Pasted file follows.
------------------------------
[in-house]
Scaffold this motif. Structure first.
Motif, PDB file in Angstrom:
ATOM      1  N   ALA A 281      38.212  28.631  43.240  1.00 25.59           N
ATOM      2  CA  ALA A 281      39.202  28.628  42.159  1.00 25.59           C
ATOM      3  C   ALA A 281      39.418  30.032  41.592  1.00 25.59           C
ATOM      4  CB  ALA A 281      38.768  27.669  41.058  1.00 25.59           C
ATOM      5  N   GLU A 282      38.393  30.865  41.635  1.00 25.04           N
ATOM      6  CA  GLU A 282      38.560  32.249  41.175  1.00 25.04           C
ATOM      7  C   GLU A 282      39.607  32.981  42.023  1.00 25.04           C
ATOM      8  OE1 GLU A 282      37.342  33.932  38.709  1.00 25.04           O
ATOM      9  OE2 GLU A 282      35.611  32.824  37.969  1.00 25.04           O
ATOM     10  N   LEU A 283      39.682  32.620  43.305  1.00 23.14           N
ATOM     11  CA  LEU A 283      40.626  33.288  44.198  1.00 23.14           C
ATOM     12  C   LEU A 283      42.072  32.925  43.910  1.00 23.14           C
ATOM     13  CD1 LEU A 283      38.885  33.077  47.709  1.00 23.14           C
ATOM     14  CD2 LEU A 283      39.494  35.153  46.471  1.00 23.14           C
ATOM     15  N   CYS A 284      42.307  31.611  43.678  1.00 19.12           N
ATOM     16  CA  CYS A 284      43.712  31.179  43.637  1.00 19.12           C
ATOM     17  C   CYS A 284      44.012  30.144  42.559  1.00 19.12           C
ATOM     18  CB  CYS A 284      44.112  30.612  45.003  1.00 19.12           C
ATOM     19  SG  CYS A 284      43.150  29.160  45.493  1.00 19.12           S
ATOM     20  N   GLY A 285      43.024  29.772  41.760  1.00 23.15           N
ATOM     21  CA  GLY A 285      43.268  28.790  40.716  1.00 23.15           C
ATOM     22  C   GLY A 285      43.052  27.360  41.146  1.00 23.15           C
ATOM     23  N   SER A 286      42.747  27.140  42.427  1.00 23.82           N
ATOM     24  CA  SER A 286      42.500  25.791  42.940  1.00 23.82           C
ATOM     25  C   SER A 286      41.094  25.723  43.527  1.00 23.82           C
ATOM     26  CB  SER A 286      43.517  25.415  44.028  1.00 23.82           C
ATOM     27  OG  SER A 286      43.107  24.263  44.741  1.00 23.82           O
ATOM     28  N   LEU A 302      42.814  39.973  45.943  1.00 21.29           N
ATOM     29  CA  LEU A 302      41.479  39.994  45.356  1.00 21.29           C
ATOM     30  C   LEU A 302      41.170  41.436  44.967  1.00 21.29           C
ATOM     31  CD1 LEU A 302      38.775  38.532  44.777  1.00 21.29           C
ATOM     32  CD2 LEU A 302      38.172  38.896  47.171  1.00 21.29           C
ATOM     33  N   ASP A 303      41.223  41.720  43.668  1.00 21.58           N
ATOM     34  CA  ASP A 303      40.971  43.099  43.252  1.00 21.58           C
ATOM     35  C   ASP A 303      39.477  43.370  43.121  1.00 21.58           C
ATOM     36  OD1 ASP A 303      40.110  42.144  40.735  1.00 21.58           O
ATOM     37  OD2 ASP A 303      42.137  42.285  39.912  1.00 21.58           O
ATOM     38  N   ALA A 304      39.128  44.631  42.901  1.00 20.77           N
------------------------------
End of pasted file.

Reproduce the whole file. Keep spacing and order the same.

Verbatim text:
[in-house]
Scaffold this motif. Structure first.
Motif, PDB file in Angstrom:
ATOM      1  N   ALA A 281      38.212  28.631  43.240  1.00 25.59           N
ATOM      2  CA  ALA A 281      39.202  28.628  42.159  1.00 25.59           C
ATOM      3  C   ALA A 281      39.418  30.032  41.592  1.00 25.59           C
ATOM      4  CB  ALA A 281      38.768  27.669  41.058  1.00 25.59           C
ATOM      5  N   GLU A 282      38.393  30.865  41.635  1.00 25.04           N
ATOM      6  CA  GLU A 282      38.560  32.249  41.175  1.00 25.04           C
ATOM      7  C   GLU A 282      39.607  32.981  42.023  1.00 25.04           C
ATOM      8  OE1 GLU A 282      37.342  33.932  38.709  1.00 25.04           O
ATOM      9  OE2 GLU A 282      35.611  32.824  37.969  1.00 25.04           O
ATOM     10  N   LEU A 283      39.682  32.620  43.305  1.00 23.14           N
ATOM     11  CA  LEU A 283      40.626  33.288  44.198  1.00 23.14           C
ATOM     12  C   LEU A 283      42.072  32.925  43.910  1.00 23.14           C
ATOM     13  CD1 LEU A 283      38.885  33.077  47.709  1.00 23.14           C
ATOM     14  CD2 LEU A 283      39.494  35.153  46.471  1.00 23.14           C
ATOM     15  N   CYS A 284      42.307  31.611  43.678  1.00 19.12           N
ATOM     16  CA  CYS A 284      43.712  31.179  43.637  1.00 19.12           C
ATOM     17  C   CYS A 284      44.012  30.144  42.559  1.00 19.12           C
ATOM     18  CB  CYS A 284      44.112  30.612  45.003  1.00 19.12           C
ATOM     19  SG  CYS A 284      43.150  29.160  45.493  1.00 19.12           S
ATOM     20  N   GLY A 285      43.024  29.772  41.760  1.00 23.15           N
ATOM     21  CA  GLY A 285      43.268  28.790  40.716  1.00 23.15           C
ATOM     22  C   GLY A 285      43.052  27.360  41.146  1.00 23.15           C
ATOM     23  N   SER A 286      42.747  27.140  42.427  1.00 23.82           N
ATOM     24  CA  SER A 286      42.500  25.791  42.940  1.00 23.82           C
ATOM     25  C   SER A 286      41.094  25.723  43.527  1.00 23.82           C
ATOM     26  CB  SER A 286      43.517  25.415  44.028  1.00 23.82           C
ATOM     27  OG  SER A 286      43.107  24.263  44.741  1.00 23.82           O
ATOM     28  N   LEU A 302      42.814  39.973  45.943  1.00 21.29           N
ATOM     29  CA  LEU A 302      41.479  39.994  45.356  1.00 21.29           C
ATOM     30  C   LEU A 302      41.170  41.436  44.967  1.00 21.29           C
ATOM     31  CD1 LEU A 302      38.775  38.532  44.777  1.00 21.29           C
ATOM     32  CD2 LEU A 302      38.172  38.896  47.171  1.00 21.29           C
ATOM     33  N   ASP A 303      41.223  41.720  43.668  1.00 21.58           N
ATOM     34  CA  ASP A 303      40.971  43.099  43.252  1.00 21.58           C
ATOM     35  C   ASP A 303      39.477  43.370  43.121  1.00 21.58           C
ATOM     36  OD1 ASP A 303      40.110  42.144  40.735  1.00 21.58           O
ATOM     37  OD2 ASP A 303      42.137  42.285  39.912  1.00 21.58           O
ATOM     38  N   ALA A 304      39.128  44.631  42.901  1.00 20.77           N